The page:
The trickle of water close by, with more of a rush just downstream.

Calm. Blue skies with a slight streaky haze indicated winds up high.

I noticed it was a Sunday and New Year’s Day 2023.

Only needing to get to the hut, I had no great rush today, so I lay in and then sat in the direct sunlight as it warmed up.

It was a lovely campsite with a great view of the rugged, treeless low hills.

Four Australasian harriers perched on rocks high above me, waiting for some rising air currents to do their thing. Lots of talking amongst themselves, just like any family on a public holiday, and then they decided to go elsewhere.

But I found a bank to sit on, a pleasant morning perch despite being completely surrounded by matagouri and sweet briar. It had taken a lot of effort to get there, so I might as well take some time to notice what was there rather than just running on through.

My New Year’s resolution: be more social.

That currently wouldn’t be hard.

Later, I wondered if I shouldn’t have a second resolution: avoid narrow gorges, particularly lonely narrow gorges with numerous hanging rocks high above, plus having large jagged specimens in the steeply sloping creek.

Just around the corner from where I camped was another campsite at the base of some mature poplars. It seemed a bit more exposed to the wind, and I thought I’d taken the better deal at my chosen landing.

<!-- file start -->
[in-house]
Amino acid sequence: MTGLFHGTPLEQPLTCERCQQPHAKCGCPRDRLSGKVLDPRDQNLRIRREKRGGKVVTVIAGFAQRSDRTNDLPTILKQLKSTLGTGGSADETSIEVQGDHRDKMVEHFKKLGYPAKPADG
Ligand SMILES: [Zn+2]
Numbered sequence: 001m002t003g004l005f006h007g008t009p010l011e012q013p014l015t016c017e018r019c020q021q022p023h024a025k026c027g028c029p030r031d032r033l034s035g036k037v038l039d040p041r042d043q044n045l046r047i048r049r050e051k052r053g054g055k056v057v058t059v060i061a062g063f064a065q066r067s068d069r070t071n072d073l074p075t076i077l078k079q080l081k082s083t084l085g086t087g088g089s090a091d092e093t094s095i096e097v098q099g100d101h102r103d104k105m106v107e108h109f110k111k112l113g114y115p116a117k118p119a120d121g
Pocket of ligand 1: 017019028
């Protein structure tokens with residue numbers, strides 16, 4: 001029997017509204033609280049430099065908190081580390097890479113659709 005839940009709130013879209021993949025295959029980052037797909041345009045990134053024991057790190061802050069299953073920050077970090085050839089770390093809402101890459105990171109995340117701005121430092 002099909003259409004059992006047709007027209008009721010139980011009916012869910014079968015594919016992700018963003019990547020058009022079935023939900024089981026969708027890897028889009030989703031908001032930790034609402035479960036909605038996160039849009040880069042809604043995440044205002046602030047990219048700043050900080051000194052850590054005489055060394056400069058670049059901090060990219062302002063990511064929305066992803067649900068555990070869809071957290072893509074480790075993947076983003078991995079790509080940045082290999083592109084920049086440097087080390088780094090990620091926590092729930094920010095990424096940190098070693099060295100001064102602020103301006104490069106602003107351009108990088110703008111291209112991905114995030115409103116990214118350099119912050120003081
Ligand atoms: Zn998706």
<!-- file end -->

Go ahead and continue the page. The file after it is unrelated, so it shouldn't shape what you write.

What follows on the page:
Slowly the stream became steeper, narrower, and you know the rest. Looking at the map, it looked like about 30 minutes might get me through the impending gorge, then it took an hour longer than that. I just kept powering on.

Closer to the hut, the sides became more gravelly slips that looked like they had slid down in the Kaikoura Earthquake.

Eventually, I made it to the hut, and I could see someone was at home.


The last visitors had failed to shut the door, and the local wildlife had partied on for seven weeks until I arrived. They were keen on much of what was in packets but not the toothpaste. I cleaned most of it up with the limited cleaning gear available, and turned the mattresses over.

My tent and sleeping bag aired in the afternoon sun, but my wet boots would take longer to dry.

When you’re in an isolated four-bunk hut, it’s worth considering a rest day for the following day. I had plenty of food, fuel, and time and found the whole book to read.

I found the mental strain of skedaddling under the cliffs while trying not to look up at those huge overhanging rocks quite exhausting today.

I studied the map on the wall and wondered whether I should take the direct route to Warden Hut. It really seemed to make sense.

Some had done Warden to Limestone and returned as a hunting day trip, so I’d probably make it.

+++++horizontal rule+++++

A guide to the night’s accommodation: Limestone Hut

Splendid summer scene. | Limestone Hut, Ka Whata Tu o Rakihouia Conservation Park
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